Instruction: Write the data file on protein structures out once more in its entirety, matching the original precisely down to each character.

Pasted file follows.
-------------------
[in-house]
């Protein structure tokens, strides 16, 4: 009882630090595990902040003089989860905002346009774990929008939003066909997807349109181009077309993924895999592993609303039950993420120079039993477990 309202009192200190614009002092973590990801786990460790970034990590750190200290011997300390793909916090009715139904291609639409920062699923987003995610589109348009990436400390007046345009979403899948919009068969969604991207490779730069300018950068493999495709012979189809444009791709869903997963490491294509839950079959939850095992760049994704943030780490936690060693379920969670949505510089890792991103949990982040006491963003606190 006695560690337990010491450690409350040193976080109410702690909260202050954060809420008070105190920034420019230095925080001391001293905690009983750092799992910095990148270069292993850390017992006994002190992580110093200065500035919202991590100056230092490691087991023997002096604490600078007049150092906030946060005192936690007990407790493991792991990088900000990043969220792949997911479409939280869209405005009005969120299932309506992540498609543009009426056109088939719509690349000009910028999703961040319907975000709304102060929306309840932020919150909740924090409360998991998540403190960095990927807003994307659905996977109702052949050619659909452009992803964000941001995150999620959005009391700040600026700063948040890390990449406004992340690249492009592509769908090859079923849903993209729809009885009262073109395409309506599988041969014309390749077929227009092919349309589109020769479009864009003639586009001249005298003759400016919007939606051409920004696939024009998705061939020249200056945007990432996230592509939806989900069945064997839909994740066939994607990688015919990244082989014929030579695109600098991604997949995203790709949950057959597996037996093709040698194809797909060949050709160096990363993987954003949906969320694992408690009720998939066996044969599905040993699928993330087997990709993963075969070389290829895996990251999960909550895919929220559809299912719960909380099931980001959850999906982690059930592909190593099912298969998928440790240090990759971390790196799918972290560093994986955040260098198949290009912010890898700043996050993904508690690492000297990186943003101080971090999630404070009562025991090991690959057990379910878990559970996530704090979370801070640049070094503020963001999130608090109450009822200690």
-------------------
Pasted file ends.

[in-house]
């Protein structure tokens, strides 16, 4: 009882630090595990902040003089989860905002346009774990929008939003066909997807349109181009077309993924895999592993609303039950993420120079039993477990 309202009192200190614009002092973590990801786990460790970034990590750190200290011997300390793909916090009715139904291609639409920062699923987003995610589109348009990436400390007046345009979403899948919009068969969604991207490779730069300018950068493999495709012979189809444009791709869903997963490491294509839950079959939850095992760049994704943030780490936690060693379920969670949505510089890792991103949990982040006491963003606190 006695560690337990010491450690409350040193976080109410702690909260202050954060809420008070105190920034420019230095925080001391001293905690009983750092799992910095990148270069292993850390017992006994002190992580110093200065500035919202991590100056230092490691087991023997002096604490600078007049150092906030946060005192936690007990407790493991792991990088900000990043969220792949997911479409939280869209405005009005969120299932309506992540498609543009009426056109088939719509690349000009910028999703961040319907975000709304102060929306309840932020919150909740924090409360998991998540403190960095990927807003994307659905996977109702052949050619659909452009992803964000941001995150999620959005009391700040600026700063948040890390990449406004992340690249492009592509769908090859079923849903993209729809009885009262073109395409309506599988041969014309390749077929227009092919349309589109020769479009864009003639586009001249005298003759400016919007939606051409920004696939024009998705061939020249200056945007990432996230592509939806989900069945064997839909994740066939994607990688015919990244082989014929030579695109600098991604997949995203790709949950057959597996037996093709040698194809797909060949050709160096990363993987954003949906969320694992408690009720998939066996044969599905040993699928993330087997990709993963075969070389290829895996990251999960909550895919929220559809299912719960909380099931980001959850999906982690059930592909190593099912298969998928440790240090990759971390790196799918972290560093994986955040260098198949290009912010890898700043996050993904508690690492000297990186943003101080971090999630404070009562025991090991690959057990379910878990559970996530704090979370801070640049070094503020963001999130608090109450009822200690």